Comparing savings and money market rates
When you shop for a new savings or money market account, you're likely to encounter dozens of accounts and a lot of information. Getting the most for your money depends on whether you use that information to your advantage.
MoneyRates.com highlights dozens of savings and money market rates and updates those numbers regularly. This can make finding competitive rates much easier. But to effectively compare interest rates, you have to be sure that you're comparing apples to apples.
In other words, simply seeking the highest annual percentage rate (APR) won't necessarily lead you to the best deal if other factors counteract that high interest rate. Here are some key things you should consider when you're comparing saving and money market rates.
1. FDIC insurance
The Federal Deposit Insurance Corporation (FDIC) insures accounts at participating banks up to a total of $250,000 per depositor, per bank. You can visit their website at www.fdic.gov to make sure the bank you have in mind is insured by the FDIC. All of the banks featured on MoneyRates.com are FDIC insured.
If you have more than $250,000 to deposit, it is possible to have more than that amount insured if some of the money is in a qualified retirement plan (which is effectively considered as coming from a different depositor than your personal account) or if it is in a joint account with your spouse (you are each entitled to $250,000 in coverage, for a total of $500,000 in a joint account). Otherwise, you should spread your money among different banks in order to keep amounts in excess of $250,000 insured.
2. Normal interest rates vs. teaser rates
Banks sometimes offer what they call a "teaser rate." This is a special high rate offered for a short time when you start a new account. But in the greater scheme of things, getting a high rate for a month or two is less important than the rate you will earn over the long haul. So when you are comparing savings and money market rates, make sure you focus on the regular interest rate offered by the account -- not a temporary teaser rate.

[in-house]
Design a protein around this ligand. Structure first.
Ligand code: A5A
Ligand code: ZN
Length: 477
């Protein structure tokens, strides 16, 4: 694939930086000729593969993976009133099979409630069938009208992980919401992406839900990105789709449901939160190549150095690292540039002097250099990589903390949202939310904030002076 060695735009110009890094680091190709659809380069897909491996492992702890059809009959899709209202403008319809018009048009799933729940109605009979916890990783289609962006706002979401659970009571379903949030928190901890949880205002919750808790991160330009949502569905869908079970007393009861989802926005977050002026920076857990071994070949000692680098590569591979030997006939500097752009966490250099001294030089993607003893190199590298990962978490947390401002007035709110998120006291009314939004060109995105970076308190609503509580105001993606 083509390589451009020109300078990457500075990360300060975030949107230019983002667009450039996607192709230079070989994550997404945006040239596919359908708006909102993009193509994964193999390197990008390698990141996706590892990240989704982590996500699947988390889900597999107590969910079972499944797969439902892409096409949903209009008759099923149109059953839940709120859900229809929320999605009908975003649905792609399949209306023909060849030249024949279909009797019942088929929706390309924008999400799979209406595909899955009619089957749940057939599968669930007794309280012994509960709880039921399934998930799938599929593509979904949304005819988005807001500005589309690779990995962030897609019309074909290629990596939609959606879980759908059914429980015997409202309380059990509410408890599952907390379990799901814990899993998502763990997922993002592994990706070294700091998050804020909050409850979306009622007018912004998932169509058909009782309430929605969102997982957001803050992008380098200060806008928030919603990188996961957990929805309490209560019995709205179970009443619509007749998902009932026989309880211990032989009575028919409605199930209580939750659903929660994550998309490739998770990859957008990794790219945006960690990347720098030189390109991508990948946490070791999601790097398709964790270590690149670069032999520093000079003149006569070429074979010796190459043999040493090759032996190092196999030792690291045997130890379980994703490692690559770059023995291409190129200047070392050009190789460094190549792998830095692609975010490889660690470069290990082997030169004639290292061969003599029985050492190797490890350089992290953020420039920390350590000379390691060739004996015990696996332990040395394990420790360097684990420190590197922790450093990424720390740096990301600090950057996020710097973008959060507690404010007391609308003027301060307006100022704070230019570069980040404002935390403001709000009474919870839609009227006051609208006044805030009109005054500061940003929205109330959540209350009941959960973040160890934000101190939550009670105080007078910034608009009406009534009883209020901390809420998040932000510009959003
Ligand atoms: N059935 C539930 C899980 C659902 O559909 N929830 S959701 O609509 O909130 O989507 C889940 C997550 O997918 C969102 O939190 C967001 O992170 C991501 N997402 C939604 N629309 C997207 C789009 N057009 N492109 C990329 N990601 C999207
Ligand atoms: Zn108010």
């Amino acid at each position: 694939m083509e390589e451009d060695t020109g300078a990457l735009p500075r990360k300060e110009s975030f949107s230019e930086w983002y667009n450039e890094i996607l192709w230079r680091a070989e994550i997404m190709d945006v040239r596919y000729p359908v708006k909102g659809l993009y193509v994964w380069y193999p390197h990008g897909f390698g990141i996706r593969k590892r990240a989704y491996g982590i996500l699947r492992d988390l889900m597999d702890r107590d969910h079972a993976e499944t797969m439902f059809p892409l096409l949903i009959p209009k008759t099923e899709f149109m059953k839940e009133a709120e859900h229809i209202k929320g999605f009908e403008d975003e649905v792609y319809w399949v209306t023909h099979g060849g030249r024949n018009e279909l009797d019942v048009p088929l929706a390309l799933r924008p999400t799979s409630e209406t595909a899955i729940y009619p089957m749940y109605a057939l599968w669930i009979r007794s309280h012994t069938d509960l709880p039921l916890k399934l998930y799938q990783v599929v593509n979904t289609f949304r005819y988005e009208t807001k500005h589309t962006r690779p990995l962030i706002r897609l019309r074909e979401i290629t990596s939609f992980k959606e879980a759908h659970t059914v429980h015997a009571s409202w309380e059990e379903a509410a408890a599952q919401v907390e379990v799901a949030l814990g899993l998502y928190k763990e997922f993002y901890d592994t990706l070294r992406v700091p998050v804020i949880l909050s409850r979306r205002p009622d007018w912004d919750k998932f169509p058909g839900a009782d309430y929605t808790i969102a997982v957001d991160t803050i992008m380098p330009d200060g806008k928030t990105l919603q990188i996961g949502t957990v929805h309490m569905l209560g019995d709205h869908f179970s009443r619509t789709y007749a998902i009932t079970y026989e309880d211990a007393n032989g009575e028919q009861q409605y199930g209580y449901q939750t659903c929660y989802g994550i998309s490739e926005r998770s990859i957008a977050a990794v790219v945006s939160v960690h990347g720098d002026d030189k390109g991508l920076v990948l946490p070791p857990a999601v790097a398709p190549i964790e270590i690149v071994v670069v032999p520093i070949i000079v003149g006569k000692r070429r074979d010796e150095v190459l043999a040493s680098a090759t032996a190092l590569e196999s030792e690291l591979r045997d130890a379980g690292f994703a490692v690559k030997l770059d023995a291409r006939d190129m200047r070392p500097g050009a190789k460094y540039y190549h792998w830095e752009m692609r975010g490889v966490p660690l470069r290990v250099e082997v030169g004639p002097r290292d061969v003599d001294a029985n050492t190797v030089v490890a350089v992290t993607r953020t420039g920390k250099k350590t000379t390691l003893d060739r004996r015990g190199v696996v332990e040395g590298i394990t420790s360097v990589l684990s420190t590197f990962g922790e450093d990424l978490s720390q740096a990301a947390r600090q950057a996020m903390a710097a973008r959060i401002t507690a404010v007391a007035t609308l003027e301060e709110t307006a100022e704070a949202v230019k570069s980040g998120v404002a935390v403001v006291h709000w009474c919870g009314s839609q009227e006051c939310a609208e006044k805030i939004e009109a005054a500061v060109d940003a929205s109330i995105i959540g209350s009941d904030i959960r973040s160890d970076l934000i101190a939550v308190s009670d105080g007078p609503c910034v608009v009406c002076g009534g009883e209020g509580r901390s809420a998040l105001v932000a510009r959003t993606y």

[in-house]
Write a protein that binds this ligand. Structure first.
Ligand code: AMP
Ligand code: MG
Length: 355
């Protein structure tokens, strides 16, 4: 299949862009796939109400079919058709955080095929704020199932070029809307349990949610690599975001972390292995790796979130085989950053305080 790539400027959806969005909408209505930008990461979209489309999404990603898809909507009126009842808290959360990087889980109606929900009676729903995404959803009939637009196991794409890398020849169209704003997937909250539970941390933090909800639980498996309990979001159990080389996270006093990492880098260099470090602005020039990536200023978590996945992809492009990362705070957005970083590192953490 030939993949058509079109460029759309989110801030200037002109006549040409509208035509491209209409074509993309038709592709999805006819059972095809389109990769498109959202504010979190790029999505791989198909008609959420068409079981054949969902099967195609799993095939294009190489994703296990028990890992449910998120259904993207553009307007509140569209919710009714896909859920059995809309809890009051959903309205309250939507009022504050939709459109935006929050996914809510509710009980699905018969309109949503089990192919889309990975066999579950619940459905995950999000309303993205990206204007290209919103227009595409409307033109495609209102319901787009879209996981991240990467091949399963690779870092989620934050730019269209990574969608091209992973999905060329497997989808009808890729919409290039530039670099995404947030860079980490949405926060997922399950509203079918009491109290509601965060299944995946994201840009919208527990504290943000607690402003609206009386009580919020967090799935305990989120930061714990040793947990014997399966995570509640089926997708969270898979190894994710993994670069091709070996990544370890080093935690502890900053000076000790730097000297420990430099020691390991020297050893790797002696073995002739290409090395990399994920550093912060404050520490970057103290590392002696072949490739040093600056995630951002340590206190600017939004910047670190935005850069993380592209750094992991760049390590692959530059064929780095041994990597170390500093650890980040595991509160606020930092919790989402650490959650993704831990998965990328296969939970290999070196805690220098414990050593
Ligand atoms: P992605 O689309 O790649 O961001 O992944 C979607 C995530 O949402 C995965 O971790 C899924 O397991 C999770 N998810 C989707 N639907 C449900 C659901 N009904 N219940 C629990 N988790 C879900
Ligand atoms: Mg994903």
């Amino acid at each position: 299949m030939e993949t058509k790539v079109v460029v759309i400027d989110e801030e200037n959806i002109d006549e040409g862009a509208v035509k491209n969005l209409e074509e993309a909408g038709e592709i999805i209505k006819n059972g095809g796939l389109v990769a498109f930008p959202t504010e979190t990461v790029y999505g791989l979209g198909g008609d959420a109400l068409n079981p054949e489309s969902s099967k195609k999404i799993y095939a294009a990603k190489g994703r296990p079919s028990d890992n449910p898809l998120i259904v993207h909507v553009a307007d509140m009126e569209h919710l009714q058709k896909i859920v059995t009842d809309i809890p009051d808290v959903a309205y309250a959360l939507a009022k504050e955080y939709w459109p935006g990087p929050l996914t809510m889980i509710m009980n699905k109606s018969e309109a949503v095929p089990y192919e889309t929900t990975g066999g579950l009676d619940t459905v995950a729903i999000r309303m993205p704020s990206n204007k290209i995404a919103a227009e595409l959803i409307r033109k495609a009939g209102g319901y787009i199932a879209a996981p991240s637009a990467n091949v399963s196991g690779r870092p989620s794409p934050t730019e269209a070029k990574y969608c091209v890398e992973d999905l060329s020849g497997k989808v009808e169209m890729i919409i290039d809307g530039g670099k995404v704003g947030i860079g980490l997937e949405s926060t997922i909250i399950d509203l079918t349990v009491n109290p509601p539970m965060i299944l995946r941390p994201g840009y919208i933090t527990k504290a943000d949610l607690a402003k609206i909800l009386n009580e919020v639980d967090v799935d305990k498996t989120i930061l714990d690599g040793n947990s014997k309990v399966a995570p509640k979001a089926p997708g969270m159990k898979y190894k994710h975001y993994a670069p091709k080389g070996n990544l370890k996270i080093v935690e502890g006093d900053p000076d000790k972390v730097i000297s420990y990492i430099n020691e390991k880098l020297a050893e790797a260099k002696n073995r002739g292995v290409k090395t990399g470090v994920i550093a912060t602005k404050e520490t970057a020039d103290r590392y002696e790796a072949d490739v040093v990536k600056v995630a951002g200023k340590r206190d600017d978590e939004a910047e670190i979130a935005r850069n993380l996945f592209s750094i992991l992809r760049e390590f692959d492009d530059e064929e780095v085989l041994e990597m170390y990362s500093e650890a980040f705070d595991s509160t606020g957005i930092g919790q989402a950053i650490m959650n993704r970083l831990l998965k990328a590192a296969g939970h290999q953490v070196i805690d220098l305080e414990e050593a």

One of the challenges involved in comparing savings and money market rates is that these accounts are allowed to change their interest rates at any time, so the rate you sign up for might not be the rate you get in the months ahead.
However, certain banks tend to regularly offer higher rates than their competition. MoneyRates.com produces a quarterly America's Best Rates feature that spotlights the banks that have offered the best rates over the most recent calendar quarter, based on an average of rates offered throughout the quarter. As a result, the banks you see highlighted on this list have offered high rates for more than just a short period of time.
4. The right account size
Many banks offer different rates at different account sizes, with larger accounts often qualifying for higher rates. Therefore, when you are making your final decision, make sure you are looking at rates that apply to the account size you have in mind.
Research like this requires some effort, but doing the necessary homework can help you find an account that pays you more month after month.